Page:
One can activate directly from the win10 system the power-shell with a command-line interface. Entering the right code one can activate from the power-shell either directly a python-shell for python commands or one can activate other programs like the editor ‘notepad’ or ‘notepad++’. With such editors one can edit python scripts, store them, and then run these scripts from the power-shell by calling a python-shell with these scripts as arguments (as shown in the first session).

The python shell allows the direct entering of python commands and gives immediately feedback whether it works and how. Therefore one calls this an interactive shell which is very handy to check quickly some commands and their effects.

Another tool, which we will use in this session, is the integrated script environment (IDLE). This is like the python-shell but with some additional functionalities (see below). The main usage is for editing larger python scripts with a built-in editor and for running these scripts.

THE IDLE TOOL

To use this new tool you can press the windows button to see the list of all apps (programs) available on your computer. Under ‘P’ you will find python 3.7.3 and within python you will find an entry for IDLE. By selecting this item and clicking on the right mouse-button you can select the option to attach this icon to the task bar. If it is there you can use it.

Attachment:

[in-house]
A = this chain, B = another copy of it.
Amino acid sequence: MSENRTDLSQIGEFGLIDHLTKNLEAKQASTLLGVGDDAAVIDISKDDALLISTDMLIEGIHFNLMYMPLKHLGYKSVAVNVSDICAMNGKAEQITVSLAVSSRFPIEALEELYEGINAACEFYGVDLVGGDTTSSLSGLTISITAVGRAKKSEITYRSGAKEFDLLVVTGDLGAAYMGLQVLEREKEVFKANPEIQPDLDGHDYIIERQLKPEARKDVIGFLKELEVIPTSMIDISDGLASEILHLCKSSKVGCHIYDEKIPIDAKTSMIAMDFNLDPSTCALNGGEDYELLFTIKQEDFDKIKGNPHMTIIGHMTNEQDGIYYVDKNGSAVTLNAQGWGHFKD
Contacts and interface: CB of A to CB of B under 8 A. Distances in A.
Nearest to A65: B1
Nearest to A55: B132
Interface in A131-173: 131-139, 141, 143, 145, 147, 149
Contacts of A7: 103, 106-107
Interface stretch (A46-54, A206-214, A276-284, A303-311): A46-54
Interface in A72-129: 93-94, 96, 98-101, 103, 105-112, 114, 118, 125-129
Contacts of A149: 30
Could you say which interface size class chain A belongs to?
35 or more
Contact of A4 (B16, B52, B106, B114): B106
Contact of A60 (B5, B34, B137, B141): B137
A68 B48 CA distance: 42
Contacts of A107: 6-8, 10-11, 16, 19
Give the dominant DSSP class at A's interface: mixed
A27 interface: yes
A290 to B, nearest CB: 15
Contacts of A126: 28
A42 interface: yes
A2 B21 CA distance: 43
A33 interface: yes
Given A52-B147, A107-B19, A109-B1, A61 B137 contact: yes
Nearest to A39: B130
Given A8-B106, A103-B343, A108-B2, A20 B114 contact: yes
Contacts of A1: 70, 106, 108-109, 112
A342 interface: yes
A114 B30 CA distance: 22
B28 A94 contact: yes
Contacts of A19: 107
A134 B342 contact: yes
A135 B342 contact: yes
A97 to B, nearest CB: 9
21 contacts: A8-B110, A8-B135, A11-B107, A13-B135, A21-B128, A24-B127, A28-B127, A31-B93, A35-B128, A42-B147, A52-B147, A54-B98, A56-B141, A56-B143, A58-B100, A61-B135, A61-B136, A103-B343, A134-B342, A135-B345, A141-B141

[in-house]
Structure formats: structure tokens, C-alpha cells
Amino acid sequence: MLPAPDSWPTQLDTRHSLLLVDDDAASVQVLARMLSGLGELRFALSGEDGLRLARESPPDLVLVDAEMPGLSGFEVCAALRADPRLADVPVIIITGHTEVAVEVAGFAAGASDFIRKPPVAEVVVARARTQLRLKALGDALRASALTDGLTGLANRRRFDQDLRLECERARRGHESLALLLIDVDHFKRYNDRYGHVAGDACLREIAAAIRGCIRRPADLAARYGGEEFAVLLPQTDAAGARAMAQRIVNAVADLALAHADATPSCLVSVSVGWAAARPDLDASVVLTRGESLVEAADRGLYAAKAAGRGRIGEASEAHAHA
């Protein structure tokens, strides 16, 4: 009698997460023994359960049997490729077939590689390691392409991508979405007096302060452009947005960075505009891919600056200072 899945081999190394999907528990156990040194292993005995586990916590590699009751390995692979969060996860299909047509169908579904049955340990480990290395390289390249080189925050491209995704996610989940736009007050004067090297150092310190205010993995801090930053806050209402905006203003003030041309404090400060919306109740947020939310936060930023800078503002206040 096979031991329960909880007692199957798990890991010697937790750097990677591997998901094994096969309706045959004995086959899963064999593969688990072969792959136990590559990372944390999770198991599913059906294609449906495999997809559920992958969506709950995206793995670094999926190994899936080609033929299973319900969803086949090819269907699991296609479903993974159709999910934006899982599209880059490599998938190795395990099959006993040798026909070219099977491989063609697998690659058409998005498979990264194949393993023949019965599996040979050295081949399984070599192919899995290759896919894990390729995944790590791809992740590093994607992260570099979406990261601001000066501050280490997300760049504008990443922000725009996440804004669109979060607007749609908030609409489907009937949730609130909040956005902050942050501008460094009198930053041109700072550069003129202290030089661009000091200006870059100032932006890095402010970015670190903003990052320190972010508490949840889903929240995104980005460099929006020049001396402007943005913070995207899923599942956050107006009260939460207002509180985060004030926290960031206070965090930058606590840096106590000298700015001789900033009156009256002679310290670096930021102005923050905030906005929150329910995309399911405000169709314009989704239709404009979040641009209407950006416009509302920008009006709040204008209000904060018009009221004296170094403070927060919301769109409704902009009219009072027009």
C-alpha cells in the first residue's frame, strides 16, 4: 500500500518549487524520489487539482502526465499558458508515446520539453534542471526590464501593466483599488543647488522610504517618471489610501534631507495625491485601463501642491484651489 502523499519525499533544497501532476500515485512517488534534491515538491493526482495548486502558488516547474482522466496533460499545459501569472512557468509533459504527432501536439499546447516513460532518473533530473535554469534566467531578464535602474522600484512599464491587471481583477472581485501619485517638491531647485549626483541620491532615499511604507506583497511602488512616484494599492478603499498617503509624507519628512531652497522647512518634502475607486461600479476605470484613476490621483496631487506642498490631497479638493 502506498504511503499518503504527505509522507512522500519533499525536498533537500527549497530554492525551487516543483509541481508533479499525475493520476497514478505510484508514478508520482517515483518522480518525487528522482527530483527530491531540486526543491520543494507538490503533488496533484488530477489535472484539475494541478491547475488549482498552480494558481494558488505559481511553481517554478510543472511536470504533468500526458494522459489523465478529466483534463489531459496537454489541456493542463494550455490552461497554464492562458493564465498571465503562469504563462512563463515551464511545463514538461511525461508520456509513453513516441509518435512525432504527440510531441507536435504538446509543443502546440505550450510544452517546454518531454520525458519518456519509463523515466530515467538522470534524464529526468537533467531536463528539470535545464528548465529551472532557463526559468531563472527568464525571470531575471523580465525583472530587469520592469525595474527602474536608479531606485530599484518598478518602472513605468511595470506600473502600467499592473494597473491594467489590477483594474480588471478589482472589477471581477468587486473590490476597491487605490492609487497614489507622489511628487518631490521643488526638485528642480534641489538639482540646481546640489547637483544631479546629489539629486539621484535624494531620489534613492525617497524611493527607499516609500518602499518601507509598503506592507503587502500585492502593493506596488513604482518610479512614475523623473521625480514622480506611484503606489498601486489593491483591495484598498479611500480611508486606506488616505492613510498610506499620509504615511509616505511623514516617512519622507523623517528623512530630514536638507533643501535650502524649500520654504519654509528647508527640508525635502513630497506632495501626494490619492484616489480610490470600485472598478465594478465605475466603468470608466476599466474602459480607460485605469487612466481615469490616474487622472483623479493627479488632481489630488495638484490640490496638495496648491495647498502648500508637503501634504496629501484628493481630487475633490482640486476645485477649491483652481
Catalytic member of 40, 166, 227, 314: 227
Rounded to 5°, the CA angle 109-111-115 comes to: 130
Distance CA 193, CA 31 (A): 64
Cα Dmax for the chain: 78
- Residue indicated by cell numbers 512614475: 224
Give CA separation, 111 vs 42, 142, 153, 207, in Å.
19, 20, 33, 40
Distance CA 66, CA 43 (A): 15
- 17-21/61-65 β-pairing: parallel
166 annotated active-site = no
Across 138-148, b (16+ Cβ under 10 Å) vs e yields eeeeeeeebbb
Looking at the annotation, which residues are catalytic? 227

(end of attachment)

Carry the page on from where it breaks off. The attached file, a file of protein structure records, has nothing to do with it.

If you start the IDLE tool by clicking on the icon from the task bar it opens as a new python interactive shell with some more options.

A first thing you can do is to ask for the actual path you are in. For this you have to import the python module ‘os’ (operating system) and use the command ‘getcwd()‘ from this module. Entering ‘os.getcwd()‘ in the python command line generates the actual path as output on the next line.

>>> import os
>>> os.getcwd()
‘C:\\Users\\gerd_2\\AppData\\Local\\Programs\\Python\\Python37-32’
>>>

This reveals that the actual path is pointing to the location of the python exe module (on my pc). This is not what I want because I have created in the first session a folder with name ‘code’ in my home directory ‘\Users\gerd_2’. From inside of the IDLE tool it is not possible to change the actual path.  But python as language provides lots of options to do this. One option is described below: